9 X 12 inches, 120 pages
|Out of print|
The St. Lawrence Seaway
Fifty Years and Counting
The opening of the St. Lawrence Seaway in the spring of 1959 was a momentous occasion. This system of locks, canals, shipping channels, and bridges between Montreal and the Ontario riverside town of Iroquois, 150 kilometres to the west, ranks as one of greatest public works in Canadian history and one of the largest construction projects in the postwar era.
Built in four years at a cost of $475 million, the seaway completely transformed the marine-transportation industry in Canada. It allowed ocean-going vessels to sail 3,680 kilometres inland, or halfway across the country. They could travel from the Gulf of St. Lawrence to Lake Ontario, through the previously constructed Welland Canal that links lakes Ontario and Erie and, from there, all the way to Thunder Bay, Duluth, Green Bay, Chicago, and other ports of the upper Great Lakes. The seven locks of the seaway and the eight of the Welland Canal are capable of lifting 740-foot-long ships from sea level to an elevation of 182 metres on Lake Superior, the equivalent of sixty storeys.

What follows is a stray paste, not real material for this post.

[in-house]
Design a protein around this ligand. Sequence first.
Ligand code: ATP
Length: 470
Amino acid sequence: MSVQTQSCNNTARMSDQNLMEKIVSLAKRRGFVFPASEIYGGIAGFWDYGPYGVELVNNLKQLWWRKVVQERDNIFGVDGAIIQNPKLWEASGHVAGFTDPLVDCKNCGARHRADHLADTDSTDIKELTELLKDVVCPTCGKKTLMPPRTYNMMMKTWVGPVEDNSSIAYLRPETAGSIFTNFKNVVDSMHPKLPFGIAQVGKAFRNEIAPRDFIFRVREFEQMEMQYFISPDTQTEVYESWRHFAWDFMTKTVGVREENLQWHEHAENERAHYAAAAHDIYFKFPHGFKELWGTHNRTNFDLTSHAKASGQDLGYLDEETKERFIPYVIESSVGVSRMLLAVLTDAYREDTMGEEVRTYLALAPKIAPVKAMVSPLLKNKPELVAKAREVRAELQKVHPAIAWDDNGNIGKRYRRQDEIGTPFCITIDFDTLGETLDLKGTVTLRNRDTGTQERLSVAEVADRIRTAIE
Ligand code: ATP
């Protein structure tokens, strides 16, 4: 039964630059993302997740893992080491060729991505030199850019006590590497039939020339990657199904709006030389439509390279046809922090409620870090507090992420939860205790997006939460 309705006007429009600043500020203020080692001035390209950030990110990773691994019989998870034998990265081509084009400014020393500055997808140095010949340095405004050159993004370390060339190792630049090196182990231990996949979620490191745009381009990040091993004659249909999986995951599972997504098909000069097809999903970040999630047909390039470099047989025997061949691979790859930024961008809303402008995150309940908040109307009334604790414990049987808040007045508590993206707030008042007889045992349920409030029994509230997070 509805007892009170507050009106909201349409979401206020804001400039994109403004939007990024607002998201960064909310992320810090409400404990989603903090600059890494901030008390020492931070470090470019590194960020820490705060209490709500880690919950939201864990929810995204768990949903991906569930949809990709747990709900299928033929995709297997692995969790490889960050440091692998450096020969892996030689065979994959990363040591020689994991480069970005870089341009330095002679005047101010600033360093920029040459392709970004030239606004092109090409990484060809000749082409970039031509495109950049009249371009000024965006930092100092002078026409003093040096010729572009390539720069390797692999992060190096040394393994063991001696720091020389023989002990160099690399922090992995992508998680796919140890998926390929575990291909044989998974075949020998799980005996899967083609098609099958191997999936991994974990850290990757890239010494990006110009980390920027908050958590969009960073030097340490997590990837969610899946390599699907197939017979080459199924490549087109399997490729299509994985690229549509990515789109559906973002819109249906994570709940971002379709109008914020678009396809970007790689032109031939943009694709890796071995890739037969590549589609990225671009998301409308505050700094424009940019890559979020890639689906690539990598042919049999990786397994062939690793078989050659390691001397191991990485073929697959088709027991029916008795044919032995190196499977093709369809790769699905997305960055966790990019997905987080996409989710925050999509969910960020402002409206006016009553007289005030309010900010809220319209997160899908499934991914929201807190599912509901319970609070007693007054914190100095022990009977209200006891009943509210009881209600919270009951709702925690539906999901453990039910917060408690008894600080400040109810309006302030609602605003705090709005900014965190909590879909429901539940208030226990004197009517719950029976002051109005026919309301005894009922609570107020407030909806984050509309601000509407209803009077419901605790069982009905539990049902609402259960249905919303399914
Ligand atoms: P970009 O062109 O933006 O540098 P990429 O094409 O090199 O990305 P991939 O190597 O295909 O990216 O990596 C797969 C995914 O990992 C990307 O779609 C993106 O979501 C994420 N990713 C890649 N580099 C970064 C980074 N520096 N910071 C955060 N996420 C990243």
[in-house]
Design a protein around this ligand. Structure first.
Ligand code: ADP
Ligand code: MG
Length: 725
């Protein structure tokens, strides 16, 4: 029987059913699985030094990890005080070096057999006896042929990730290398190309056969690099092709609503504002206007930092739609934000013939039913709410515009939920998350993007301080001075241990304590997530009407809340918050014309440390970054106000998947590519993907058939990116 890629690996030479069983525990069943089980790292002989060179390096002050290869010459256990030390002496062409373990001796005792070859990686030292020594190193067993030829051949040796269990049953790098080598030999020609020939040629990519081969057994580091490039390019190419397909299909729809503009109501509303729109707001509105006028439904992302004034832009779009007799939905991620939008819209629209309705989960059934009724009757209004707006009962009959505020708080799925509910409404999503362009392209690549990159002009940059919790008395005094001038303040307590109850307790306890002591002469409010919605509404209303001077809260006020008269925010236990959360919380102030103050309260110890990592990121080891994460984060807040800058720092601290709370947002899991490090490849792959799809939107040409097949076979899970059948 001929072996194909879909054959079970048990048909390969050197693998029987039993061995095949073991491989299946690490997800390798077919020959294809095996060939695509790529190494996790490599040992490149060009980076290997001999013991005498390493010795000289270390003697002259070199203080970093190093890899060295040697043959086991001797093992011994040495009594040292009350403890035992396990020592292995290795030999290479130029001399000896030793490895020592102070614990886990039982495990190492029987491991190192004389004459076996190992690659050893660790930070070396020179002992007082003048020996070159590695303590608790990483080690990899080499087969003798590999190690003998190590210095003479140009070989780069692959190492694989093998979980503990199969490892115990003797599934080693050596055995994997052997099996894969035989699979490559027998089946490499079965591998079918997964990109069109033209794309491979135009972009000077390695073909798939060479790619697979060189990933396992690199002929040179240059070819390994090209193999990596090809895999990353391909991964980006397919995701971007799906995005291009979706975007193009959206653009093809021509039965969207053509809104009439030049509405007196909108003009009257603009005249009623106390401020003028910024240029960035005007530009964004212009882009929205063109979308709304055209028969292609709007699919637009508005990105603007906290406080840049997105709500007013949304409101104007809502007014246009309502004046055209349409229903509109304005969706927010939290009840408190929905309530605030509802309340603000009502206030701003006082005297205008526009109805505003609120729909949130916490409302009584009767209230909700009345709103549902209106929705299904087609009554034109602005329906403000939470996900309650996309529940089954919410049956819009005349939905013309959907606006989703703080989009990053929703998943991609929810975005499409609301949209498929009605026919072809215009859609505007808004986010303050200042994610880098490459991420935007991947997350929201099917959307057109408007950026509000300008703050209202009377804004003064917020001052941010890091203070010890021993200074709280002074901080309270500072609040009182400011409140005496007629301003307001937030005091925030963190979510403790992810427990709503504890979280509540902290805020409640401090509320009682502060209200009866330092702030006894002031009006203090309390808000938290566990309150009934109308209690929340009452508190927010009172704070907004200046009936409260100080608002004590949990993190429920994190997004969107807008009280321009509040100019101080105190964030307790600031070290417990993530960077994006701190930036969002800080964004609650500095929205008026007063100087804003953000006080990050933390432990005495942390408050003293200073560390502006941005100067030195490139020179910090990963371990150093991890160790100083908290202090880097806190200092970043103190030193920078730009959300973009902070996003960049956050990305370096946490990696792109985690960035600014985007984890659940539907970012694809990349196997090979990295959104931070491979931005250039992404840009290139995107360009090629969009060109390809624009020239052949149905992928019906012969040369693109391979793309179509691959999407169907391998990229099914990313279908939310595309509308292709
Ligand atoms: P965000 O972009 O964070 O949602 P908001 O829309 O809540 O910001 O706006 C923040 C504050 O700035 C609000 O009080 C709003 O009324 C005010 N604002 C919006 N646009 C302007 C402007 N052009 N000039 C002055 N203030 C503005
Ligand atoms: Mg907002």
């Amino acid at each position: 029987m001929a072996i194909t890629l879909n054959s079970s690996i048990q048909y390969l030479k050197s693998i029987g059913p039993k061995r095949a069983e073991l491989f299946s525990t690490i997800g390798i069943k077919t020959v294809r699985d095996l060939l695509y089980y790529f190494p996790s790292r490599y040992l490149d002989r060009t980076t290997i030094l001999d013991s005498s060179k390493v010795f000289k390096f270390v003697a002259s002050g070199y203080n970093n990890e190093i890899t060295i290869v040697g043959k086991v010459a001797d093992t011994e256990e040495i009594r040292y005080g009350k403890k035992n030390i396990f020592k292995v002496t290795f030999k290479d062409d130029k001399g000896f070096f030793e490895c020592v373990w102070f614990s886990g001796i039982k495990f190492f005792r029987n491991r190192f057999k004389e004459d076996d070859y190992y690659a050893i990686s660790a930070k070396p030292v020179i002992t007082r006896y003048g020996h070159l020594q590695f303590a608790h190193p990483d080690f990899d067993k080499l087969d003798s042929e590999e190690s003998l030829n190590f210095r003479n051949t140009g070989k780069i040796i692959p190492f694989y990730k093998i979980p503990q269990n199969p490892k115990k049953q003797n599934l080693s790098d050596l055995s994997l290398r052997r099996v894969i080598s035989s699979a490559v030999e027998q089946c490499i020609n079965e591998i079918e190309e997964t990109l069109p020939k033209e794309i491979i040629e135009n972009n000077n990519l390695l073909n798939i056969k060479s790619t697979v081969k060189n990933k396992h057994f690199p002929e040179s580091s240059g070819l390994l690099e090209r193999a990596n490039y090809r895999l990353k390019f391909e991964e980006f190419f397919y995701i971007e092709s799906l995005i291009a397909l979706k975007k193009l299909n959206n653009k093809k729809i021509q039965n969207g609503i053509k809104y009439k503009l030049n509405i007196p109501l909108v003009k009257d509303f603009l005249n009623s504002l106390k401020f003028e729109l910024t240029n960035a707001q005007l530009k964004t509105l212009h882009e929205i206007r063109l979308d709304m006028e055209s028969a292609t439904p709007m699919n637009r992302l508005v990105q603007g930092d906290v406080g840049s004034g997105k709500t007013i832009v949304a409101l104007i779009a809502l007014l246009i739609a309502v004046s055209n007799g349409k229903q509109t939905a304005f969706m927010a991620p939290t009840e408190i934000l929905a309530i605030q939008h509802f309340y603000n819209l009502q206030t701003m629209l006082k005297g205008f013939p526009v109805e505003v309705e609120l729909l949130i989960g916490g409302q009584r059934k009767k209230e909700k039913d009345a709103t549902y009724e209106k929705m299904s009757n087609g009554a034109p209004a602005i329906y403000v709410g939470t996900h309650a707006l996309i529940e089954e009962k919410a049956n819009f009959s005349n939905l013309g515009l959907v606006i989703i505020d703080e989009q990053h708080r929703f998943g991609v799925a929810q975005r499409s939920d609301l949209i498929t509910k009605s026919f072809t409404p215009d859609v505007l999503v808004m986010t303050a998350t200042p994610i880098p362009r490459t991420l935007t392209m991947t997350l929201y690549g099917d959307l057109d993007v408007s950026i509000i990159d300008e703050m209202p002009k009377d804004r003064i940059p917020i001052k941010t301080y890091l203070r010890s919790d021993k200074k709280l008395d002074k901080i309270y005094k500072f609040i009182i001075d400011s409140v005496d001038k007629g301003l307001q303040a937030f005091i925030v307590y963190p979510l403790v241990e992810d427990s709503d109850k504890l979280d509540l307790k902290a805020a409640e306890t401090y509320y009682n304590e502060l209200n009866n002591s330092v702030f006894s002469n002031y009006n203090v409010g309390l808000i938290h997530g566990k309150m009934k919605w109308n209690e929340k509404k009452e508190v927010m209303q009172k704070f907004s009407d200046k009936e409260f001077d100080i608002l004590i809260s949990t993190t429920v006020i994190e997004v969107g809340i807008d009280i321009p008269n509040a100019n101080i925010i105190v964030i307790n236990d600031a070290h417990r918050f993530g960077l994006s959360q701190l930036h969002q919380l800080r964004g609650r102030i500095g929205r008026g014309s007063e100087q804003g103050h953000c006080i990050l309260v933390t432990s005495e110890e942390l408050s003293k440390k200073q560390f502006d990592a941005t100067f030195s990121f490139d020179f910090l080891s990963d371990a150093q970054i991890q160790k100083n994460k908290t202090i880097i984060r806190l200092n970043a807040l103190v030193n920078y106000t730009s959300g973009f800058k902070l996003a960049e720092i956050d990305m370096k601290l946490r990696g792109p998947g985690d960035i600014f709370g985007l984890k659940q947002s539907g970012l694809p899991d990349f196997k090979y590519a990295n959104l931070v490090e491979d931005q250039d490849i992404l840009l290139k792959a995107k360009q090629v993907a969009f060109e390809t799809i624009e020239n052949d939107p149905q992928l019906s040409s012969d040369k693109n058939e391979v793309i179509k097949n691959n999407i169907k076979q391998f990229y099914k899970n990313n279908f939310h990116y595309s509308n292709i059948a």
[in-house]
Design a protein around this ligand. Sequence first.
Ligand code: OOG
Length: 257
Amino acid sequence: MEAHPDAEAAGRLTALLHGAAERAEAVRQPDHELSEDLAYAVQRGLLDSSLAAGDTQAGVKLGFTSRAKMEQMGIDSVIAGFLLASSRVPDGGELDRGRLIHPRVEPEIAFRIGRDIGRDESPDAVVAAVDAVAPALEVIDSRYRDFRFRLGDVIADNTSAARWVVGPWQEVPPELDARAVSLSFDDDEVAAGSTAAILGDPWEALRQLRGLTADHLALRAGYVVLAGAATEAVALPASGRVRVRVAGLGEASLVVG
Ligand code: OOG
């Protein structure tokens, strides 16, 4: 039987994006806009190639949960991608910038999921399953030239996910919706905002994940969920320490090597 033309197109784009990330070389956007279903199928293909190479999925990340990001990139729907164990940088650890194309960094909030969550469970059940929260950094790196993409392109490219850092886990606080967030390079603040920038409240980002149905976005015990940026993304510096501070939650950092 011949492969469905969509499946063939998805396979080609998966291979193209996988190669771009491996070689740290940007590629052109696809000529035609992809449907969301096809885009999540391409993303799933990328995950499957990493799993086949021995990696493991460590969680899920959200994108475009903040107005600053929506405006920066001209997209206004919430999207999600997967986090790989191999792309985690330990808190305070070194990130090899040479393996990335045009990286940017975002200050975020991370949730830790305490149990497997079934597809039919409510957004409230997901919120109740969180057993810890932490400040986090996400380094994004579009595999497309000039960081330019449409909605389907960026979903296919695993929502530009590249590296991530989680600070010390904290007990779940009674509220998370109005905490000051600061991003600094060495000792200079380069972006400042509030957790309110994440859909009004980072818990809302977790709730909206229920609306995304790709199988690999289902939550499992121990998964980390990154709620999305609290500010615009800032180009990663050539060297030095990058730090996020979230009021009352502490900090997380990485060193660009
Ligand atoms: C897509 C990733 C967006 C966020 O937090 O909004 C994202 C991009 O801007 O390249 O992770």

When the seaway opened, on April 25, 1959, the Queen called it "one of the outstanding engineering accomplishments of modern times," while US President Dwight Eisenhower declared it "a magnificent symbol to the entire world of the achievements possible to democratic nations peacefully working together for the common good."
The seaway celebrates its 50th anniversary in 2009 and, by any yardstick, it is a half-century worthy of observation.
"We're celebrating because the seaway has been an enormous success," says Richard Corfe, president of the St. Lawrence Seaway Management Corporation. "It is one of the safest and most reliable waterways in the world."